Bill C-11 Extremism Continues: The Attack on Fair Dealing

The extremist demands on Bill C-11 are not limited to the music industry’s massive overhaul of Canadian copyright reform that would require Internet providers to block access to foreign sites, take down content without court oversight, and disclose subscriber information without a warrant. Over the past two days, several groups have also taken aim at fair dealing. While those groups start by focusing on the extension of fair dealing in Bill C-11 to include parody, satire, and education, under questioning it becomes clear that they their real target is the full fair dealing provision and the desire to undo the Supreme Court of Canada’s CCH decision.

On Monday, the Writers’ Union of Canada told the committee:

We don’t really want the six factors to be written into the act. The court is going to apply the six factors no matter what. That’s what the Supreme Court looks at, how they analyze it and they’ve done that for a long time, and recently in the CCH case, codified it. We are concerned about their treatment of those six factors because they don’t take the market factor very seriously. We want you to write into the act some sort of language that makes the market primary, or at least to be a major factor. We would be happy if you would do only that.

That view was repeated by the Canadian Publishers’ Council yesterday:

I think the CCH case was a very specific case about a very specific kind of content with a very specific role that the publisher played in that instance. Our concern with CCH is that it does not make the primacy of the market first and foremost; in fact, it quite blatantly states that “fair” isn’t really defined by the commercial impact on the work. For us, that’s absolutely antithetical to the notion of copyright: how can it be fair if it undermines the commercial prospects for the work? We just don’t understand that. That’s why we feel CCH does not elevate the marketplace to the first priority.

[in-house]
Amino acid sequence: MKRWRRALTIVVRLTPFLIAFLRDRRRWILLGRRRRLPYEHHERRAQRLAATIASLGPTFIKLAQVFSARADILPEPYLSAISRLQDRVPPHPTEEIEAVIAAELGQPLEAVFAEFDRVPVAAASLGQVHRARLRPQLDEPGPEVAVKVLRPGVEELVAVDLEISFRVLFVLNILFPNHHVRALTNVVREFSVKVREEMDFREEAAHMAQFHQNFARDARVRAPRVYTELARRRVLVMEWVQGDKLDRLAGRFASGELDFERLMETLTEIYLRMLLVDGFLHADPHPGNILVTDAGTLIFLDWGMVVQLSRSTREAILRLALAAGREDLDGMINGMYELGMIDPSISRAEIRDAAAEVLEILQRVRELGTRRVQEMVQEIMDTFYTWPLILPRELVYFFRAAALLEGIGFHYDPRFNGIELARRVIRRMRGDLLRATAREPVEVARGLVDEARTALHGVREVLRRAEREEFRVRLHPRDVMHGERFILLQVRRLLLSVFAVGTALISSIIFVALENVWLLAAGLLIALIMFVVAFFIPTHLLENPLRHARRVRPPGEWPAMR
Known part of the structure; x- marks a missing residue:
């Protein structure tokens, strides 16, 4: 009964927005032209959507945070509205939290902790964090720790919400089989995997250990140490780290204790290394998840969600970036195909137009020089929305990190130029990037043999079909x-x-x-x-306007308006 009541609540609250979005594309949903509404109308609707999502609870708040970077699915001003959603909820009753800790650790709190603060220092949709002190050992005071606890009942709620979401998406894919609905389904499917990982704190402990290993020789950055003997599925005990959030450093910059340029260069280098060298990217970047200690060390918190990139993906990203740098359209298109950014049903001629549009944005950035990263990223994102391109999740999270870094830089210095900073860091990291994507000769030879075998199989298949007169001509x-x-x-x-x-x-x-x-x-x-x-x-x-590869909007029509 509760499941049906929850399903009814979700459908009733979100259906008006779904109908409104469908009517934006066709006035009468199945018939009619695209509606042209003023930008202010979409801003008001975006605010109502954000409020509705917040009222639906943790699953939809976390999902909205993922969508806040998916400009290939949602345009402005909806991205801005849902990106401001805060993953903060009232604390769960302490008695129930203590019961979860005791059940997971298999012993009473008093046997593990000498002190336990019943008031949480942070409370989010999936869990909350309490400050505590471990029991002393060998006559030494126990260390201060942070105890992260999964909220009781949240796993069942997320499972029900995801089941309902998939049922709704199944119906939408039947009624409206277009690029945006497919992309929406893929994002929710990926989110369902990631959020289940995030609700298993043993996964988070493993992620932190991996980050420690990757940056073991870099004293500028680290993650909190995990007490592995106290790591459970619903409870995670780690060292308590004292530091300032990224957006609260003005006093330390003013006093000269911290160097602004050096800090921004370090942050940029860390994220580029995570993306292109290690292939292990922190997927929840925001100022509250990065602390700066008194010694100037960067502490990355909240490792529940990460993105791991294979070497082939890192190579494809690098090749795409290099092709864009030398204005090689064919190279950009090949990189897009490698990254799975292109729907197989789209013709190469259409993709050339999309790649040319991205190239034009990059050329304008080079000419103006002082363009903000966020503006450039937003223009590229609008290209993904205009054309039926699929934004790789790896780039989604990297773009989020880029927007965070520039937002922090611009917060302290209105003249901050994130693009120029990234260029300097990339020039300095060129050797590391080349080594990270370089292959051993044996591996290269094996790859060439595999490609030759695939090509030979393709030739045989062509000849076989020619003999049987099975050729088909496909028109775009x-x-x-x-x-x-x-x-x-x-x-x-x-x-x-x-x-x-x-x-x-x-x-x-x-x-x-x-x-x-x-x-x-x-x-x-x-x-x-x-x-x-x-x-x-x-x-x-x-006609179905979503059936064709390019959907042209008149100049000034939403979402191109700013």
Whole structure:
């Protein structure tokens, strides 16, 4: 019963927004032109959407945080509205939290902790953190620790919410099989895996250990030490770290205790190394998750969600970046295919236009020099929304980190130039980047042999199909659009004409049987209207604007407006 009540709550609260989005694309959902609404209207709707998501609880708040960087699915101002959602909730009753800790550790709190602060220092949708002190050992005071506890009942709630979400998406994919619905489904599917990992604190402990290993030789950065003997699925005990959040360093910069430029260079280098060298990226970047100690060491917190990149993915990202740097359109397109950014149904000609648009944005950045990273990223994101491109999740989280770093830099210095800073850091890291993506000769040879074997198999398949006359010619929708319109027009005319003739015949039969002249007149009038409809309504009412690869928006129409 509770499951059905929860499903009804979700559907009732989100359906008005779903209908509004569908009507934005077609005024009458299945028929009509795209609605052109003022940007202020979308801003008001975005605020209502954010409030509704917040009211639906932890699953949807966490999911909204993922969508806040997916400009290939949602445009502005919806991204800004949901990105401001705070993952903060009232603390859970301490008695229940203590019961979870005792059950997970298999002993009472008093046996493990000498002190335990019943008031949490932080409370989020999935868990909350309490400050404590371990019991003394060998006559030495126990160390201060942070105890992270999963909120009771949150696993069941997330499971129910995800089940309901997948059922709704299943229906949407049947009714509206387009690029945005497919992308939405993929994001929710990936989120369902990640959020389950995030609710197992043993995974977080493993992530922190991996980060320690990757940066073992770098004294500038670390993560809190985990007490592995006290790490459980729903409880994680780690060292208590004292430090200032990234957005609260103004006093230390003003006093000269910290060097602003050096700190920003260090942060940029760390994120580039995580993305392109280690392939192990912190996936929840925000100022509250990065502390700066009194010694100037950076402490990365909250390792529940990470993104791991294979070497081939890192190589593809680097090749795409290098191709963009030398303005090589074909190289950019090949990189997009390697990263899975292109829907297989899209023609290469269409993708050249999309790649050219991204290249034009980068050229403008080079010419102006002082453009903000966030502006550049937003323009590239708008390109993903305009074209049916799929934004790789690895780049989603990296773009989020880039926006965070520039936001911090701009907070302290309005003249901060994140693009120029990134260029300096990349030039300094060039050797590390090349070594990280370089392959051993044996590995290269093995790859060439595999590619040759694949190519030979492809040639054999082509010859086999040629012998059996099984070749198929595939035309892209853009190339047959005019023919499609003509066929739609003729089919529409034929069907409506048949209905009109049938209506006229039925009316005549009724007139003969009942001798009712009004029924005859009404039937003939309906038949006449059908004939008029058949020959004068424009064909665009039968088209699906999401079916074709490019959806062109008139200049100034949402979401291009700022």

As the hearings wind down, the pretense of concern about expanding fair dealing to education is gradually giving way to the real issue: overturning the Supreme Court of Canada and its six-factor fair dealing test. The earlier claims that adding education to the list of fair dealing categories would open the door to unlimited copying was always demonstrably false. The real intent of the opposition is to use Bill C-11 to turn back the clock on fair dealing, a move that would have an impact on all Canadians who rely on fair dealing as a crucial part of the copyright balance. Such a change clearly does not qualify as a “technical amendment” to the bill, but it isn’t stopping the full court press for the reform.


  1. Ray Saintonge says:

    What is the market?
    If industry wants the market to be a determining factor it would need to accept that damages be based on a percentage off the recent market. A product that has not been published in the last decade probably has no market. Old versions that have been replaced by more recent ones are suppressed to keep them offf the market.

  2. A dark and winding road …
    The desires of the content industry and the public have always seemed to be at odds, now apparently even to the degree of absurdity.

    As they see their grasp on legislator’s tailcoats beginning to tear, they are manically grabbing at whatever they can … sad really. What would be really sad though would be for people and to stand by and do nothing and let these flailings take hold.

    Caveat to creators: The above may not sound very compassionate, but not so. I honestly hold that the overreaching antics of the ‘professional’ advocacy groups does more to harm your position than help. By disfranchising your audiences with such unfair and retributive attitudes they are just shooting themselves in both feet. When an atmosphere of mutual respect returns, and that will require flexibility from both sides, new relationships can be formed on realistic expectations.

    This includes you being paid while having greater personal control over your works, and customers having the freedom to use their purchases as they wish. Using simple and modern distribution systems unencumbered by high overhead contractual obligations, there will be a greater number of works available at less cost delivering more profit. When that takes place, piracy will diminish to negligible levels and a much healthier marketplace will emerge.

    Call me a foolish optimist, but that’s how I see it. The road your representatives are trying to take us down is a much darker one indeed.

  3. tom brown says:

    cch – fair dealing summary.
    IMHO this post would greatly benefit from some background on the CCH/fair-dealing case… I don’t know if is accurate, but it seems to be written in a factual matter, and reading it helps me to see why the case and fair-dealing are important.

    p.s. these frigging captchas are almost impossible 🙁